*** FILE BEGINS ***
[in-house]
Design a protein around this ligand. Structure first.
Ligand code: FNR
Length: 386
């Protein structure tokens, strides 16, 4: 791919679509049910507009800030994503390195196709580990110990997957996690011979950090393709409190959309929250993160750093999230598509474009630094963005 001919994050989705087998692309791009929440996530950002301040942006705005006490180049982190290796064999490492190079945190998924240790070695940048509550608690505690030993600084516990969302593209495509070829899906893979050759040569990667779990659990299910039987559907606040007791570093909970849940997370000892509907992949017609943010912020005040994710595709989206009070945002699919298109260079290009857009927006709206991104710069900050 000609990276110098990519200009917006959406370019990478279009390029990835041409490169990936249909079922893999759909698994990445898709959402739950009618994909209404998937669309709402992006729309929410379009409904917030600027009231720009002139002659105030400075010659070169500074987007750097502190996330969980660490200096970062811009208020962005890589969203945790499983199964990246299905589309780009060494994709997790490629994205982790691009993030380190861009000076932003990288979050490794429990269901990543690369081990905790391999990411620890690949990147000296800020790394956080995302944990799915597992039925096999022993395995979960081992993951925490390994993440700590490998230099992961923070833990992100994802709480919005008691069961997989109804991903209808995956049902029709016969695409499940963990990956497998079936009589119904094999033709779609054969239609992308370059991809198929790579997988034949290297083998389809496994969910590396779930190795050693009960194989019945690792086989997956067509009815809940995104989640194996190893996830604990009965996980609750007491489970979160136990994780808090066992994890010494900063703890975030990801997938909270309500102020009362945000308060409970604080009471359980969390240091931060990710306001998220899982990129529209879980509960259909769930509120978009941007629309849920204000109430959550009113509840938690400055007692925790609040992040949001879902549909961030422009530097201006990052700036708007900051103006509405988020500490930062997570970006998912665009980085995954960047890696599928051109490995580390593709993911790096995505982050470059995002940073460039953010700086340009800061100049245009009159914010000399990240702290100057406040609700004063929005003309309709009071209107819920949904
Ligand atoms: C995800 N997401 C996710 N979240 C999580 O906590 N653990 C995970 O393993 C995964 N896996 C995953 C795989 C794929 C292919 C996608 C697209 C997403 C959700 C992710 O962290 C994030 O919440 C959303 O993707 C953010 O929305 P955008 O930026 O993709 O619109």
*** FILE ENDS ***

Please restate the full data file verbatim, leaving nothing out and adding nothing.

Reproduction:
[in-house]
Design a protein around this ligand. Structure first.
Ligand code: FNR
Length: 386
């Protein structure tokens, strides 16, 4: 791919679509049910507009800030994503390195196709580990110990997957996690011979950090393709409190959309929250993160750093999230598509474009630094963005 001919994050989705087998692309791009929440996530950002301040942006705005006490180049982190290796064999490492190079945190998924240790070695940048509550608690505690030993600084516990969302593209495509070829899906893979050759040569990667779990659990299910039987559907606040007791570093909970849940997370000892509907992949017609943010912020005040994710595709989206009070945002699919298109260079290009857009927006709206991104710069900050 000609990276110098990519200009917006959406370019990478279009390029990835041409490169990936249909079922893999759909698994990445898709959402739950009618994909209404998937669309709402992006729309929410379009409904917030600027009231720009002139002659105030400075010659070169500074987007750097502190996330969980660490200096970062811009208020962005890589969203945790499983199964990246299905589309780009060494994709997790490629994205982790691009993030380190861009000076932003990288979050490794429990269901990543690369081990905790391999990411620890690949990147000296800020790394956080995302944990799915597992039925096999022993395995979960081992993951925490390994993440700590490998230099992961923070833990992100994802709480919005008691069961997989109804991903209808995956049902029709016969695409499940963990990956497998079936009589119904094999033709779609054969239609992308370059991809198929790579997988034949290297083998389809496994969910590396779930190795050693009960194989019945690792086989997956067509009815809940995104989640194996190893996830604990009965996980609750007491489970979160136990994780808090066992994890010494900063703890975030990801997938909270309500102020009362945000308060409970604080009471359980969390240091931060990710306001998220899982990129529209879980509960259909769930509120978009941007629309849920204000109430959550009113509840938690400055007692925790609040992040949001879902549909961030422009530097201006990052700036708007900051103006509405988020500490930062997570970006998912665009980085995954960047890696599928051109490995580390593709993911790096995505982050470059995002940073460039953010700086340009800061100049245009009159914010000399990240702290100057406040609700004063929005003309309709009071209107819920949904
Ligand atoms: C995800 N997401 C996710 N979240 C999580 O906590 N653990 C995970 O393993 C995964 N896996 C995953 C795989 C794929 C292919 C996608 C697209 C997403 C959700 C992710 O962290 C994030 O919440 C959303 O993707 C953010 O929305 P955008 O930026 O993709 O619109």